RE: pathologist on the list- was- histotech mortality

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From:Pam Marcum <>,
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I would not argue your training was very good.  Many of the older
pathologist I meet are very well trained and can do most stains in the lab.
Unfortunately, many of the younger group (Last fifteen years) areas well
trained.  They may know how to cut a frozen but they can't do any of the
staining or understand a great deal of the basic work done daily.  They know
the chemistry and the morphology not the routine anymore.  The specialty
areas are a little better because they have to do the reviews.

Please do not take it personally as a slam at you however, those of us who
have traveled as technical trainers and to demo new equipment see the good,
the bad and the very ugly.  Often the very ugly, meaning not well trained
are the most common.  Pam

-----Original Message-----
From: []
Sent: Tuesday, February 22, 2000 10:52 AM
Subject: Re: pathologist on the list- was- histotech mortality

Bob Schoonhoven notes the deficiency in pathologists' training in histologic

Pathology residents learn to do what they're required to do. In my residency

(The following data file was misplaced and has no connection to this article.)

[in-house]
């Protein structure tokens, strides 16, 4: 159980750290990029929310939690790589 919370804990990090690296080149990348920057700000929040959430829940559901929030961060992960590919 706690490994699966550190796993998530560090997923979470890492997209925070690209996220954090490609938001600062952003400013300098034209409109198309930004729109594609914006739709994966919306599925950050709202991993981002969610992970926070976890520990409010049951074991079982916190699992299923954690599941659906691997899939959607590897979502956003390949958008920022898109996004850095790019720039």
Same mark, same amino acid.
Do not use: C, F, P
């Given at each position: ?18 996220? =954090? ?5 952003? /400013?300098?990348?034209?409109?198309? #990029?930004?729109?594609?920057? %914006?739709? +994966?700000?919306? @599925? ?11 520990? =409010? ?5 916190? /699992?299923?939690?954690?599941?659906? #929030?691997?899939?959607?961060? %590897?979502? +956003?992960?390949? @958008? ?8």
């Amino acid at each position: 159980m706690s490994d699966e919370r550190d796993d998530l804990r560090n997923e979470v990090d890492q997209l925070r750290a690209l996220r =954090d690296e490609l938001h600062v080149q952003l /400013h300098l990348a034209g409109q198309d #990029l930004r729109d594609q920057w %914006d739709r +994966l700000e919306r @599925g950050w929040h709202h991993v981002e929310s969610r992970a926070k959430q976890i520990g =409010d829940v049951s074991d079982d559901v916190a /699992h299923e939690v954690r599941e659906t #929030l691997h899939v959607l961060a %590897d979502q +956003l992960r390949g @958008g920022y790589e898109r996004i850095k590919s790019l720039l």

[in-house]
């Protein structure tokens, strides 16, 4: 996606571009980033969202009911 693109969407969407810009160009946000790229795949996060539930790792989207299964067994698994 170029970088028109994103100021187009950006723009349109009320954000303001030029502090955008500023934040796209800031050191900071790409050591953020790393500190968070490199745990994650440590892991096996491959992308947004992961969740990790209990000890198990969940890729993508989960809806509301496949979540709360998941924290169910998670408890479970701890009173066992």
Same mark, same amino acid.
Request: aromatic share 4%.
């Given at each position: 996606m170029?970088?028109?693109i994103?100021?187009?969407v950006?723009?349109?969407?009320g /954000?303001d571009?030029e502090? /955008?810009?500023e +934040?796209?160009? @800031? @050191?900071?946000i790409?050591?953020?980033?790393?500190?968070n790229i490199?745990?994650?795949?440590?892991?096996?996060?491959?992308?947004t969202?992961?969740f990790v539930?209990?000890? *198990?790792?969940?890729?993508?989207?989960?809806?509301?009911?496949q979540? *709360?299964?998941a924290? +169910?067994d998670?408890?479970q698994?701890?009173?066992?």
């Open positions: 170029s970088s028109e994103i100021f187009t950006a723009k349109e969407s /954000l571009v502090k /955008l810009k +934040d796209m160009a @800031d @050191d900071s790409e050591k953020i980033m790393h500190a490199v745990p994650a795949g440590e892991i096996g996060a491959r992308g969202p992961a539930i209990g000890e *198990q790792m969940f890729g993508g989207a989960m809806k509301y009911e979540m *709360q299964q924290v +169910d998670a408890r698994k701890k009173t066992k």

no histotech ever touched a cryostat - not only we did all the frozen
sections, but we did all the cleaning and minor maintenance. As a senior
resident I could field strip and clean one of the Damon-IEC cryostats (many
of those models are still in use - saw an early 1960's model still running
a backup last week) - not sure I could still pull out a microtome, but I
could then.

A few years earlier, my residency had stopped requiring residents to do
own special stains, because it became impractical to provide the enlarged
facilities required. (I learned to do most of them the year I spent as a
histochemistry research fellow.) For a couple of years I gave a series of
lectures on the standard special stains - what they worked and what they
looked like - with a lovely collection of 35 mm slides to accompany it - but
I doubt the lectures were an adequate substitute for hands-on and eyes-on

Pathology residencies have grown much too long, and it's time to stop
flogging the dead duck of clinical pathology. If pathology residencies are
be re-thought, I think that providing better training in technique - not
histology, but grossing technique and things like that - needs to be talked

Bob Richmond
Samurai Pathologist
Knoxville TN

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